3. Dinah

17th century depiction of the rape of Dinah.

Dinah was the daughter of Jacob and his first wife Leah, and she was the sister of Simeon and Levi. She had been mentioned in the Hebrew Bible in Genesis 34. Dinah went to visit the women of Shechem where her father had purchased land and where her people had erected a tent. The land was owned by King Hamor and his son Shechem who made advances and ‘seized her and lay with her and humbled her.’ King Hamor then visited Jacob and asked for Dinah’s hand for his son Shechem. Jacob agreed, provided that all of Hamor’s men were circumcised. Hamor agreed and fulfilled the condition, whereupon the brothers of Dinah attacked and killed Hamor and his son and all the men of the city the third day after having been circumcised when they were still sore and weak. Jacob expressed his worry to his sons that they might face retaliation from the Hamor’s people who would definitely outnumber them. In response, the sons asked their father if he would have liked his daughter to be treated as a harlot.

4. Zelophehad’s Daughters

The Daughters of Zelophehad,
The Daughters of Zelophehad

Zelophehad belonged to tribe of Manasseh, and he had five daughters: Mahlah, Noa, Hoglah, Milcah, and Tirzah, but he had no son. According to the Hebrew Bible, these sisters lived in the time of the Exodus of the Israelites from Egypt. During his wanderings, Zelophehad and his daughters petitioned Moses before the chiefs and Eleazar, the priest, about their right of inheritance. The daughters stated that their father had not taken part in Korah’s rebellion and had died of his own sin. Moses put the case before God, Who told him that they were in the right and should be given the inheritance. Manasseh’s grandson, Gilead, pleaded that the tribe would lose the property in case the girls married someone out of the tribe. God told Moses, that He was just, and that the girls had the right to marry anyone within the tribe of Manasseh.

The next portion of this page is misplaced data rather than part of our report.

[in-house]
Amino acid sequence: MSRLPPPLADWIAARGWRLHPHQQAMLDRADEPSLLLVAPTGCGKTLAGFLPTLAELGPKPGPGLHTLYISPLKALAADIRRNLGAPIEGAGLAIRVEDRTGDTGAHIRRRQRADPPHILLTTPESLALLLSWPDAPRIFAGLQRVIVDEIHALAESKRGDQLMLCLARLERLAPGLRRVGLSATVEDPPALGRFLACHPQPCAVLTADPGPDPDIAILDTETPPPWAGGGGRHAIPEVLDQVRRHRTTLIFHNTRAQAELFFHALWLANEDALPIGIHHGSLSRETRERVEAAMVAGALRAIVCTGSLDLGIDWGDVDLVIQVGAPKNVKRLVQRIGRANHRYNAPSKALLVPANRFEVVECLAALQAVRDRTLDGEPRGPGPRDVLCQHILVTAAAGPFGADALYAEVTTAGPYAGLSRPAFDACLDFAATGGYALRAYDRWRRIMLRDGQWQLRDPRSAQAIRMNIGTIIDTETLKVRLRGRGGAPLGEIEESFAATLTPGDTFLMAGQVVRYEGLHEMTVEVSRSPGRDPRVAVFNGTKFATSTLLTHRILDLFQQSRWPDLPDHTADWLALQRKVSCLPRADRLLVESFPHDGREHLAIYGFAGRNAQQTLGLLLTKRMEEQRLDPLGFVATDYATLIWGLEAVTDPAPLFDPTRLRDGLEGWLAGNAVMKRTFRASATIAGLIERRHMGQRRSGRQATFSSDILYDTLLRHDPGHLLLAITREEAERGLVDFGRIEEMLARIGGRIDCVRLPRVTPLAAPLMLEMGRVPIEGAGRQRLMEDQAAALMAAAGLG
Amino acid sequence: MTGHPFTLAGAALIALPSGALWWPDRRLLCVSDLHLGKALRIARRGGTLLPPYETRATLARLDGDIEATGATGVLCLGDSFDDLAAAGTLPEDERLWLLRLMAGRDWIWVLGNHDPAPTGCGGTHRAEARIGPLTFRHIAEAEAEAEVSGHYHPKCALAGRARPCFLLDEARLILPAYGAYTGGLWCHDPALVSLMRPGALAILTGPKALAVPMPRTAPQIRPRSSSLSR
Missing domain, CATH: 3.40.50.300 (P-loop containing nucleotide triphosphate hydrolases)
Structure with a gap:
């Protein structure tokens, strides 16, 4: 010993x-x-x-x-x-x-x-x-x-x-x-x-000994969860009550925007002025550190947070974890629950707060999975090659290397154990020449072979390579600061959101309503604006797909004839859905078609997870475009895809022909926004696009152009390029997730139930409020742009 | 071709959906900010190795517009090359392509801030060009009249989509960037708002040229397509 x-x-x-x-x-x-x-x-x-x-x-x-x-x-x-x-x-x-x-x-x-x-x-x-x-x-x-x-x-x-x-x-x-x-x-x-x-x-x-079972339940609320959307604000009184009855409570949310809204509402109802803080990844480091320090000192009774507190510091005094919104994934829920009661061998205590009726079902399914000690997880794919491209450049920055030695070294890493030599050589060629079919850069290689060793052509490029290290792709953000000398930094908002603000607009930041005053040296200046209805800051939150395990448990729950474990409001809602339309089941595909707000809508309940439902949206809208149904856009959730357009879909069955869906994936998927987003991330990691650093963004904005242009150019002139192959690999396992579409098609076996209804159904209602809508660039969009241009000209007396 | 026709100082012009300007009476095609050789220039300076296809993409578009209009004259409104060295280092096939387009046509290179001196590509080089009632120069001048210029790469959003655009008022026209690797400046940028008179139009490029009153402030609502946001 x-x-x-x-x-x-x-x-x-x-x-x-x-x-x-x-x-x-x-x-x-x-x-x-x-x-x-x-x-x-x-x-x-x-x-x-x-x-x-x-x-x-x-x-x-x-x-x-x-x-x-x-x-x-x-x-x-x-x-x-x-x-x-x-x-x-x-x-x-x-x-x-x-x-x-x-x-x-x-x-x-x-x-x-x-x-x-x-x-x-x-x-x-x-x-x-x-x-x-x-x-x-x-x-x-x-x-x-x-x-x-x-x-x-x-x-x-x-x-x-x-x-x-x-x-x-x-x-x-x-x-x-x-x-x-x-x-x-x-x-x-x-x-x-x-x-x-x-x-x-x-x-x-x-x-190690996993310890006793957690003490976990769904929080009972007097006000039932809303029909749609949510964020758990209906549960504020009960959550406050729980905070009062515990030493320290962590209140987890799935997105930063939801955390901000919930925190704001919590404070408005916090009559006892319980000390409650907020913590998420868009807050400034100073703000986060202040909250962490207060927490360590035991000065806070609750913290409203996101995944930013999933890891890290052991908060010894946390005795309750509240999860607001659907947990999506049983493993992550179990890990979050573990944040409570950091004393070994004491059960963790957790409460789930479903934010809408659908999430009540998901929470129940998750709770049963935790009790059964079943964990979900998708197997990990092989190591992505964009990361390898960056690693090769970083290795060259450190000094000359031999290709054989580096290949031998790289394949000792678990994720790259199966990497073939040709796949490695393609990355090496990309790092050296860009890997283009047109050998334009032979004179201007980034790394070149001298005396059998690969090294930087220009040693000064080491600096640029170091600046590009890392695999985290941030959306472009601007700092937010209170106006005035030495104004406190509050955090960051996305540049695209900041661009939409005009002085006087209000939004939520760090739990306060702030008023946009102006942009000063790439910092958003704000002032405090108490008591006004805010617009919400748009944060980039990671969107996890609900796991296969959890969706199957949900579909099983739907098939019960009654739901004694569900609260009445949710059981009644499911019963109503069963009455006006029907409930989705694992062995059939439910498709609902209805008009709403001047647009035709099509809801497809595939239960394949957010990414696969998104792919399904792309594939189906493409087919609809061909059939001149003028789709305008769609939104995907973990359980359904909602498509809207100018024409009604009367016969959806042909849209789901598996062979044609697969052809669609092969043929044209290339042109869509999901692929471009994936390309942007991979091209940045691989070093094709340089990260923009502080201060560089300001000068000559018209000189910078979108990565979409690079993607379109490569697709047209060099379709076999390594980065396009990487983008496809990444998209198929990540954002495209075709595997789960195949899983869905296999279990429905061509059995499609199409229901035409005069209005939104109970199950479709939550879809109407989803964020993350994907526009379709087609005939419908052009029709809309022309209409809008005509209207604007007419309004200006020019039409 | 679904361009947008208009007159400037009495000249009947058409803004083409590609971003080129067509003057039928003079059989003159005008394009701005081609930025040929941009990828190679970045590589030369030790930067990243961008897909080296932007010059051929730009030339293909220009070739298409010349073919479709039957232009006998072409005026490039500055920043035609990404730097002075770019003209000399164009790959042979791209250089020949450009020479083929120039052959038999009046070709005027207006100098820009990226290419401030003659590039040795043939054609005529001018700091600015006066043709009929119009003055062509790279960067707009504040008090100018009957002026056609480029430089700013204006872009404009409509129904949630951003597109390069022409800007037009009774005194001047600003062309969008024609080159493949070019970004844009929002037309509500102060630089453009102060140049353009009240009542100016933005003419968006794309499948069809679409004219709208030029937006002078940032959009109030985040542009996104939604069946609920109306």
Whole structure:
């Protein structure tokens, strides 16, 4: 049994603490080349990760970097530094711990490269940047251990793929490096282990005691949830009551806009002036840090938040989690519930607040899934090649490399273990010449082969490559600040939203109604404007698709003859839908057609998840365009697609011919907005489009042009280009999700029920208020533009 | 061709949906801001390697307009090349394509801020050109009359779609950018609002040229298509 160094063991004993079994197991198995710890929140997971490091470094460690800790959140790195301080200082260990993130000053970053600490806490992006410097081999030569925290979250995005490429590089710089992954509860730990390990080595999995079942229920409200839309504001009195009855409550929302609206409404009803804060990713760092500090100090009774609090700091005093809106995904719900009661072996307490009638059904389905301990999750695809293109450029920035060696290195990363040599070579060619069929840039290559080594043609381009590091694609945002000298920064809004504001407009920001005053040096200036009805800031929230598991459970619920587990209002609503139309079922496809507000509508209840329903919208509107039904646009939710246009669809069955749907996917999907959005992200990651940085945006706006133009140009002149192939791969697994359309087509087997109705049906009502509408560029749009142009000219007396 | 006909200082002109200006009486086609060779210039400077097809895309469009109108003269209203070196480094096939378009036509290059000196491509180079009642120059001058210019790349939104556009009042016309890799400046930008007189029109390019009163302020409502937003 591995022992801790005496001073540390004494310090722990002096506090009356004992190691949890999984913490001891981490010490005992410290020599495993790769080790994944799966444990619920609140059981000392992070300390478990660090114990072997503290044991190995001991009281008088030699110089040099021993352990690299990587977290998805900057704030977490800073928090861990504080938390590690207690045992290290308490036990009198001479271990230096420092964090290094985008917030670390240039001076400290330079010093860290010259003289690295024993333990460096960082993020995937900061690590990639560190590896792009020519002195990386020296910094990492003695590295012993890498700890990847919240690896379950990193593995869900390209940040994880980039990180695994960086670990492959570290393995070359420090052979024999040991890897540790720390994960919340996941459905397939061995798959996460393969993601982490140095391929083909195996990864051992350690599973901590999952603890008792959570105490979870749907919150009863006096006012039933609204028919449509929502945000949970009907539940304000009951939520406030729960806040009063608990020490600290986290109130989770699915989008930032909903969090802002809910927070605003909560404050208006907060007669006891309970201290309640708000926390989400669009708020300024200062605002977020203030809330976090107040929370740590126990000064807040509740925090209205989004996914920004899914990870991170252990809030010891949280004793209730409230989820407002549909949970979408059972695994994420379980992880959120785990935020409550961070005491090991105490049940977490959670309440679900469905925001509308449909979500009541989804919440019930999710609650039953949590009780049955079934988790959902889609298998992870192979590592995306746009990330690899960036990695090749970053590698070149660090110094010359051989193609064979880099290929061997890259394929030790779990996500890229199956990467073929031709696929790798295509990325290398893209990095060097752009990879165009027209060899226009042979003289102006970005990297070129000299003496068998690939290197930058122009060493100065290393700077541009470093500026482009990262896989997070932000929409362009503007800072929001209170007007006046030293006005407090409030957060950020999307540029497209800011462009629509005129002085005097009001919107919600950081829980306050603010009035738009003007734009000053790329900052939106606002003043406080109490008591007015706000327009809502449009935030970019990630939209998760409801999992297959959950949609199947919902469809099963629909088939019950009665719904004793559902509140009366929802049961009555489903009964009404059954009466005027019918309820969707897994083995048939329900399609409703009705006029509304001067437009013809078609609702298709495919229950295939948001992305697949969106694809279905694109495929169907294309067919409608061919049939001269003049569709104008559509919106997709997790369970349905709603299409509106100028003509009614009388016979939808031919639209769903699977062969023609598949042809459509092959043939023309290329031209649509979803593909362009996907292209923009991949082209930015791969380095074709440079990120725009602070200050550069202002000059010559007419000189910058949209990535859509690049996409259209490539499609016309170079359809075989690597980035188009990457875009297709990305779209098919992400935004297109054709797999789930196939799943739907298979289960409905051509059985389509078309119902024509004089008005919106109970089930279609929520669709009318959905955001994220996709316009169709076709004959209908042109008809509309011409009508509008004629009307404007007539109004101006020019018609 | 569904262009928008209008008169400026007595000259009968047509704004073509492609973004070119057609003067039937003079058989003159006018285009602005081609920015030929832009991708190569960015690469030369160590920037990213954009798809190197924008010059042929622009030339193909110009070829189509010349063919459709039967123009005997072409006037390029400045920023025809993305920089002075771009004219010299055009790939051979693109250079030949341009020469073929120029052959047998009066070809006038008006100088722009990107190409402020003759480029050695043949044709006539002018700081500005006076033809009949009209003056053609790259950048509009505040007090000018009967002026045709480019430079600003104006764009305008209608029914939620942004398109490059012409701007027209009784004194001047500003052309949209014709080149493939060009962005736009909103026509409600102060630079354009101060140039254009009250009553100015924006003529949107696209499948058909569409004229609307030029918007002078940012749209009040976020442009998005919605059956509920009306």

5. Bath-Sheba

Bathsheba at Bath
Bathsheba at Bath

Bath-Sheba, with various meanings as: ‘daughter of abundance,’ ‘daughter of an oath,’ ‘daughter of seven,’ and ‘daughter of crying,’ was a biblical woman. She was the daughter of Eliam and wife of Uriah. David committed adultery with her and consequently a son was born to them who died. After her husband was killed, she married David, and Solomon was born to them. She contributed towards Solomon’s succession to the throne.